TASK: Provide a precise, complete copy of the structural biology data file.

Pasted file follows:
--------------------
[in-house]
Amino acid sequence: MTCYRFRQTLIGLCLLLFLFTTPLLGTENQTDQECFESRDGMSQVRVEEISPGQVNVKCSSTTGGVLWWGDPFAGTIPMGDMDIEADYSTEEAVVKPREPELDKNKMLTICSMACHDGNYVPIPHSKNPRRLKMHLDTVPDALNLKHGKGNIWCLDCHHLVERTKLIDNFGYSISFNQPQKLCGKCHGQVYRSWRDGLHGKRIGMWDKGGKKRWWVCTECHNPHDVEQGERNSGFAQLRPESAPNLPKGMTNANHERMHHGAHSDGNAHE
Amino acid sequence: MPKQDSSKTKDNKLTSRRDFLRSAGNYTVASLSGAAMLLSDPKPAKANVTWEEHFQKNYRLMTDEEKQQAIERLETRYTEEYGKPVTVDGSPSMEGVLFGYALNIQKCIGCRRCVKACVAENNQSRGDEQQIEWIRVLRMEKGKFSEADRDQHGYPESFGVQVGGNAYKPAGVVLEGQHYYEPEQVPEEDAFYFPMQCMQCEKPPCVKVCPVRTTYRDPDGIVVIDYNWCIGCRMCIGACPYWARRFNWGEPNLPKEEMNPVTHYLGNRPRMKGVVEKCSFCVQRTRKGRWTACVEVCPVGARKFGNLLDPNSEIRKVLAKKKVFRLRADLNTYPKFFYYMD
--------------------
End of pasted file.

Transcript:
[in-house]
Amino acid sequence: MTCYRFRQTLIGLCLLLFLFTTPLLGTENQTDQECFESRDGMSQVRVEEISPGQVNVKCSSTTGGVLWWGDPFAGTIPMGDMDIEADYSTEEAVVKPREPELDKNKMLTICSMACHDGNYVPIPHSKNPRRLKMHLDTVPDALNLKHGKGNIWCLDCHHLVERTKLIDNFGYSISFNQPQKLCGKCHGQVYRSWRDGLHGKRIGMWDKGGKKRWWVCTECHNPHDVEQGERNSGFAQLRPESAPNLPKGMTNANHERMHHGAHSDGNAHE
Amino acid sequence: MPKQDSSKTKDNKLTSRRDFLRSAGNYTVASLSGAAMLLSDPKPAKANVTWEEHFQKNYRLMTDEEKQQAIERLETRYTEEYGKPVTVDGSPSMEGVLFGYALNIQKCIGCRRCVKACVAENNQSRGDEQQIEWIRVLRMEKGKFSEADRDQHGYPESFGVQVGGNAYKPAGVVLEGQHYYEPEQVPEEDAFYFPMQCMQCEKPPCVKVCPVRTTYRDPDGIVVIDYNWCIGCRMCIGACPYWARRFNWGEPNLPKEEMNPVTHYLGNRPRMKGVVEKCSFCVQRTRKGRWTACVEVCPVGARKFGNLLDPNSEIRKVLAKKKVFRLRADLNTYPKFFYYMD